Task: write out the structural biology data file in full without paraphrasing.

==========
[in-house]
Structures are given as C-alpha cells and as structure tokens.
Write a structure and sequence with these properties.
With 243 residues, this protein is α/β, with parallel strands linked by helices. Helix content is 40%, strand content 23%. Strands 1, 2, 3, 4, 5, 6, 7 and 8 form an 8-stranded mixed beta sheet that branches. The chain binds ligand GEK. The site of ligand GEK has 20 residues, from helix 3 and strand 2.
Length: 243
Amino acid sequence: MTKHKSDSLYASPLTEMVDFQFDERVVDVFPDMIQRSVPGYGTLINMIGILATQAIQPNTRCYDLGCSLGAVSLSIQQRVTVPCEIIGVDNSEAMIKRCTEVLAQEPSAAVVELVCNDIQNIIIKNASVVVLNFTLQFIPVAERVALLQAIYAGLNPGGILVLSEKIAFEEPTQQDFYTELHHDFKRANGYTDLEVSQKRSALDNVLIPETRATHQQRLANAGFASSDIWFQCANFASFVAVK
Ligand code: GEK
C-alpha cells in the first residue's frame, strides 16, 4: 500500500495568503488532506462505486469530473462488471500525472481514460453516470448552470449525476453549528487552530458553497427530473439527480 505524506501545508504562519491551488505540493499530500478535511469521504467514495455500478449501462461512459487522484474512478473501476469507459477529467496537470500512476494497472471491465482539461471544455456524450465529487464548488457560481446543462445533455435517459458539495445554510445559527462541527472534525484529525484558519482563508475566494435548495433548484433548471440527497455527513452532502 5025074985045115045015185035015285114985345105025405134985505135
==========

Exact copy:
[in-house]
Structures are given as C-alpha cells and as structure tokens.
Write a structure and sequence with these properties.
With 243 residues, this protein is α/β, with parallel strands linked by helices. Helix content is 40%, strand content 23%. Strands 1, 2, 3, 4, 5, 6, 7 and 8 form an 8-stranded mixed beta sheet that branches. The chain binds ligand GEK. The site of ligand GEK has 20 residues, from helix 3 and strand 2.
Length: 243
Amino acid sequence: MTKHKSDSLYASPLTEMVDFQFDERVVDVFPDMIQRSVPGYGTLINMIGILATQAIQPNTRCYDLGCSLGAVSLSIQQRVTVPCEIIGVDNSEAMIKRCTEVLAQEPSAAVVELVCNDIQNIIIKNASVVVLNFTLQFIPVAERVALLQAIYAGLNPGGILVLSEKIAFEEPTQQDFYTELHHDFKRANGYTDLEVSQKRSALDNVLIPETRATHQQRLANAGFASSDIWFQCANFASFVAVK
Ligand code: GEK
C-alpha cells in the first residue's frame, strides 16, 4: 500500500495568503488532506462505486469530473462488471500525472481514460453516470448552470449525476453549528487552530458553497427530473439527480 505524506501545508504562519491551488505540493499530500478535511469521504467514495455500478449501462461512459487522484474512478473501476469507459477529467496537470500512476494497472471491465482539461471544455456524450465529487464548488457560481446543462445533455435517459458539495445554510445559527462541527472534525484529525484558519482563508475566494435548495433548484433548471440527497455527513452532502 5025074985045115045015185035015285114985345105025405134985505135